Non-Surgical Treatment


The information presented below is for educational purposes only and is not a substitute for the recommendations of your physician, surgeon, or physical therapist.

Please watch the video above before reading the following.

There are risks with any treatment, injection or test that pierces the skin (eg. infections, allergic reactions, bleeding, tissue damage).

While every safety precaution is taken to avoid complications during surgery, there are incidents that can leave the patient with more pain or disability than before undergoing surgery.

For these reasons, surgery of any kind is always the last option and only considered if; 

(a) there is a known surgical procedure that can repair the source of pain or disability

(b) if the patient’s medical profile is safe enough to withstand the procedure and recovery

(c) the patient has exhausted all appropriate non-surgical treatment methods without improvement  and,

(d) the patient is willing to accept the risks associated with surgery as explained to them by their surgeon (eg. “Informed Consent“)

In the past two decades, there have been significant advances in the non-surgical management of many muscle and joint conditions.  As a result of these advances, more and more patients can now return to their activities of daily living at work and in sports without surgery.

Unfortunately, not all body tissues heal at the same rate.  Some injuries heal quickly while others can take months to heal enough to allow a patient to return to work or sports. Tissues that have low blood flow tend to heal slower than tissues with high blood flow.

One of the most common errors that patients make is to assume that the absence of pain means their injury has fully healed and it is safe to return to work or sports.   Just because a medication reduces pain does not mean the injured tissue has healed. Premature activity can lead to re-injury, delayed healing, chronic pain, and dependency on pain medications.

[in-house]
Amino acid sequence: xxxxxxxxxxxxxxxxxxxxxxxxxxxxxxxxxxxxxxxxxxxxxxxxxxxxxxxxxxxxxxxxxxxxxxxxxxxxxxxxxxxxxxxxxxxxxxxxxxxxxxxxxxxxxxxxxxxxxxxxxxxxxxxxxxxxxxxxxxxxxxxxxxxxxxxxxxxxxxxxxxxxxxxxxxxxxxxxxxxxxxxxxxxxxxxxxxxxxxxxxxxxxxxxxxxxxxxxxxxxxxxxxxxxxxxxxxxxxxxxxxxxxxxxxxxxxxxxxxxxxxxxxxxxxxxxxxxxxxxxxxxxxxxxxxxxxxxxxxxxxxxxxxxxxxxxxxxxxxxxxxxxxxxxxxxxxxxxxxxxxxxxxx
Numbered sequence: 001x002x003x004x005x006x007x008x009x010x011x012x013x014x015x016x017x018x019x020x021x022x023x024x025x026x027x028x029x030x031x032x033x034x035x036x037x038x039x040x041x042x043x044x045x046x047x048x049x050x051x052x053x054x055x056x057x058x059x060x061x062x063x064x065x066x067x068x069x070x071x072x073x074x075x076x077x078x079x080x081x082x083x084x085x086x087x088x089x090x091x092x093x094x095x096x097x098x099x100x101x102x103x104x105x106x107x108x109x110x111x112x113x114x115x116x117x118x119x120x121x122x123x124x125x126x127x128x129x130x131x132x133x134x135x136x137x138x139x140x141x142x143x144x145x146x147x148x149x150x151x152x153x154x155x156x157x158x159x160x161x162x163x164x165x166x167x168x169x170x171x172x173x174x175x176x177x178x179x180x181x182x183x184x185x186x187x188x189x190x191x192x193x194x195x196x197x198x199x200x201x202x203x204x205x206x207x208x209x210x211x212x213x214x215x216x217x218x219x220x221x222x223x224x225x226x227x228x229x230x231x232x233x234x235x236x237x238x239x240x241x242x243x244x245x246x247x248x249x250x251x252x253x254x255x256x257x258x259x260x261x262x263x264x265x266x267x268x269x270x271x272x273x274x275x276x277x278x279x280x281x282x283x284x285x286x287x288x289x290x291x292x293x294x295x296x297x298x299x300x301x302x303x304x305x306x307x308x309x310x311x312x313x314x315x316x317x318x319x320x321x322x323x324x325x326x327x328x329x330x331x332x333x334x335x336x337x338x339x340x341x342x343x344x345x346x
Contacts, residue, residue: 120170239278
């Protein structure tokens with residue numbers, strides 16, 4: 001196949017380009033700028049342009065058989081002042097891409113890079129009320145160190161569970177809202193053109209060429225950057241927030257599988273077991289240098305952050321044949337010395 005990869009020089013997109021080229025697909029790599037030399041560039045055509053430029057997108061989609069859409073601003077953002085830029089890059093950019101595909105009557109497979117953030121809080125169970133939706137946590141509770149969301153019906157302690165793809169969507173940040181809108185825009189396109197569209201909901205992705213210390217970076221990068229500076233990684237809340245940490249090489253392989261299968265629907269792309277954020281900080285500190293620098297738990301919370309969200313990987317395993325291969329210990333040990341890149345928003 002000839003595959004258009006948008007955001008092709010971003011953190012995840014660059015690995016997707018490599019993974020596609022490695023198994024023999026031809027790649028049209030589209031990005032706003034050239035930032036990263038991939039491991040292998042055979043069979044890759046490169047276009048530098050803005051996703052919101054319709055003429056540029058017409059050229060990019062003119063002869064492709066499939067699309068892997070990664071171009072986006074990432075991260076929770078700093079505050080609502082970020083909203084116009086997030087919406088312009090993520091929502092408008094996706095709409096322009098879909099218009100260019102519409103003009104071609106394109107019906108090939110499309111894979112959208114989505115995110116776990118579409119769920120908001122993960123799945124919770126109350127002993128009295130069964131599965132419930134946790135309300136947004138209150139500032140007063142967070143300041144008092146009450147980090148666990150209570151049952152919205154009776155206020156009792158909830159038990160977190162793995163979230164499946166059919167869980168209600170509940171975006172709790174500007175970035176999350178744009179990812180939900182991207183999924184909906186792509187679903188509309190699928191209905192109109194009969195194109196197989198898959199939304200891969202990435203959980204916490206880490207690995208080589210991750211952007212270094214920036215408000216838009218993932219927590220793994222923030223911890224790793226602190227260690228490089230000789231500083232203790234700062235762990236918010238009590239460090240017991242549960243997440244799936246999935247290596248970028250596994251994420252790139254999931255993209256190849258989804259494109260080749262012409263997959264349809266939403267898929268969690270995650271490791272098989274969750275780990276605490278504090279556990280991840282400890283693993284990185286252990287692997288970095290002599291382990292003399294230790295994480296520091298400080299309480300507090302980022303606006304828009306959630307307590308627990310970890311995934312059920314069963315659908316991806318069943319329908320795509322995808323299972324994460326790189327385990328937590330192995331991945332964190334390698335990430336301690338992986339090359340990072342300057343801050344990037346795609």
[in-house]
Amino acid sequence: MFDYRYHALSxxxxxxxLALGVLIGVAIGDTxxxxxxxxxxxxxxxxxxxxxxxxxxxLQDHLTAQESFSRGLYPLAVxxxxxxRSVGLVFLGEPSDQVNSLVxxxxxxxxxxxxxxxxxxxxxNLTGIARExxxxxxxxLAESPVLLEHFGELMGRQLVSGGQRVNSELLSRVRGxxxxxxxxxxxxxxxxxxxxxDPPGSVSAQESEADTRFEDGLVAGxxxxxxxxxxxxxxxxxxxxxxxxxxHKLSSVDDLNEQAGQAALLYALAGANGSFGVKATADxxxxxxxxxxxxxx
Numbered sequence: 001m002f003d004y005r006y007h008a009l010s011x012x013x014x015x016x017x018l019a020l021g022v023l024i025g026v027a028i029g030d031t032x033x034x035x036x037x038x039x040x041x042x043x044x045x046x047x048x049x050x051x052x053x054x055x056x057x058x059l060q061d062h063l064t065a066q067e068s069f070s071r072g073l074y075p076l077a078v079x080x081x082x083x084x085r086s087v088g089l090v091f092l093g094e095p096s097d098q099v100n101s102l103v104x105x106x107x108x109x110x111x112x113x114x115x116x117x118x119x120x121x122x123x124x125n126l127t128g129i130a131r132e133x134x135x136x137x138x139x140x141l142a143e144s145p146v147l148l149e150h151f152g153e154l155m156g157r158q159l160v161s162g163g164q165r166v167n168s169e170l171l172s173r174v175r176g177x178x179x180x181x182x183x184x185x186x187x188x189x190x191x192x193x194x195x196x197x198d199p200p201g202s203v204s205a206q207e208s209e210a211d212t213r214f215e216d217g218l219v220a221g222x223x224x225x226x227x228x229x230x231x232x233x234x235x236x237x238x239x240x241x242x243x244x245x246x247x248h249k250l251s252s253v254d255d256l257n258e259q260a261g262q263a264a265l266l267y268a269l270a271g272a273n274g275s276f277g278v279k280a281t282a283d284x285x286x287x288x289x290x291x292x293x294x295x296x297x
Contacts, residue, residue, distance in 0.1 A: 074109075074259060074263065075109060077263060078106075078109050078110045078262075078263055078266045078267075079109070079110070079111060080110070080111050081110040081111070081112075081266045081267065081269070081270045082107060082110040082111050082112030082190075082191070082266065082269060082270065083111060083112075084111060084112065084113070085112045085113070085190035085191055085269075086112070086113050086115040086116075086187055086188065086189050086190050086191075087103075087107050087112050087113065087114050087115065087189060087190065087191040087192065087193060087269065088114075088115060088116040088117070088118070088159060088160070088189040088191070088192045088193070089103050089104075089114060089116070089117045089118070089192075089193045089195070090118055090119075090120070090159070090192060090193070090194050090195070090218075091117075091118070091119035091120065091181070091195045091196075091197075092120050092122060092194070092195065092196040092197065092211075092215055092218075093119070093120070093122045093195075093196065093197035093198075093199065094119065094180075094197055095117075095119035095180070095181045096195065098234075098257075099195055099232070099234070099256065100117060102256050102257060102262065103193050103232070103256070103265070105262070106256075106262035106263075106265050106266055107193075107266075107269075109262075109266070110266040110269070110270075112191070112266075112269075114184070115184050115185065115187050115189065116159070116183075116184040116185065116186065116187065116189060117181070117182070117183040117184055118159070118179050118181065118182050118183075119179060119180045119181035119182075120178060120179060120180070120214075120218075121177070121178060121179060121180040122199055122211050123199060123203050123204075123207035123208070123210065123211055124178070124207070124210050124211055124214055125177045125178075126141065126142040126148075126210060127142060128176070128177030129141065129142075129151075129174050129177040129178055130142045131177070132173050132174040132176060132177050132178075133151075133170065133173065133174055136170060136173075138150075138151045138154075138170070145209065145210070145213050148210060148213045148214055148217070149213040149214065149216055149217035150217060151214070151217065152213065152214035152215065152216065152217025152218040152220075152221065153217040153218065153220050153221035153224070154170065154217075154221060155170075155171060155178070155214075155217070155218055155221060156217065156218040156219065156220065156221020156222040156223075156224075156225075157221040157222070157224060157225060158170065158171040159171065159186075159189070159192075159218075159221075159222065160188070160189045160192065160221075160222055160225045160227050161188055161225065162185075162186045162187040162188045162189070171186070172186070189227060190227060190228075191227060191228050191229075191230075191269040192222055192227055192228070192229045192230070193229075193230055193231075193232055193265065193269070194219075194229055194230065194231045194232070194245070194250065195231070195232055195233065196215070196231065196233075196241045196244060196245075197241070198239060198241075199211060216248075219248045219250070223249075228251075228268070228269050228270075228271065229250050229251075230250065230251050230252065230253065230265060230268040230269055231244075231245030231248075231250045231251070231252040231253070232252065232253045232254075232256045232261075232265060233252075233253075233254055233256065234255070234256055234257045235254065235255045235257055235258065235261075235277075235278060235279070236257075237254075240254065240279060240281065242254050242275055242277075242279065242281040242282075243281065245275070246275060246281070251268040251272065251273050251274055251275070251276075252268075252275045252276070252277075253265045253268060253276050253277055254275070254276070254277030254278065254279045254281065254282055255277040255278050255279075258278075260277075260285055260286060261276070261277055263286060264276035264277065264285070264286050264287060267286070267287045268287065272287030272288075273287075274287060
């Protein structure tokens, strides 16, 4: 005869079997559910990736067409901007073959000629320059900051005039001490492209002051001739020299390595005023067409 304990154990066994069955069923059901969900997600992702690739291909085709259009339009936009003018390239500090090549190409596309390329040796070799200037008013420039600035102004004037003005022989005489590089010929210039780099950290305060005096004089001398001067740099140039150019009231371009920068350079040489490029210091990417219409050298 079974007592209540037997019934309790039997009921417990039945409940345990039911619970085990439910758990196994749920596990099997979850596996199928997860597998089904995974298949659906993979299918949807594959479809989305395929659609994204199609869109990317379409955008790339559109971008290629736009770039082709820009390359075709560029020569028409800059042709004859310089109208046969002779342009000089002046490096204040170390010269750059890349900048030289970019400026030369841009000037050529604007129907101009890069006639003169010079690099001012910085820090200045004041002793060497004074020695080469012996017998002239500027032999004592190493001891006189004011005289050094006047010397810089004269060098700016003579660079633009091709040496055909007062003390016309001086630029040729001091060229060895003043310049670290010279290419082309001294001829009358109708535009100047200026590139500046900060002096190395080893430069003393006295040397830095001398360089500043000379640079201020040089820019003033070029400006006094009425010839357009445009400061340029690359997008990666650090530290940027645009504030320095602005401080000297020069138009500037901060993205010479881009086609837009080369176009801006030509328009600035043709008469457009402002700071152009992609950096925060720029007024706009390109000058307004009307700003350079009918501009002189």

The first step in the non-operative treatment of any muscle and joint injury is to see your family physician as soon as possible and to obtain an accurate diagnosis of your injury.

The second step is to modify or discontinue any activity that triggers your pain to flare up.  

A period of protection at the site of injury is critical in allowing repair tissue to mature without re-injury fully.

Within a couple of weeks, it’s critical to see an experienced physiotherapist in your community to educate you on an appropriate treatment protocol and to design a safe and appropriate  home-based rehab exercise program. 

Physiotherapists are considered rehab specialists in the non-surgical treatment and rehabilitation of muscle and joint injuries/conditions.  

In a research study conducted at the University of British Columbia, experienced orthopaedic physiotherapists were found to be four times better than family physicians and emergency room physicians in identifying patients who met the surgical criteria for surgery (92% vs 22%).

Bottom Line: See a physician > See the most experienced orthopaedic physiotherapist in your community > avoid pain medications that just mask your pain  > follow your physiotherapist’s recommendations and do the home-based exercises your physiotherapist recommends.


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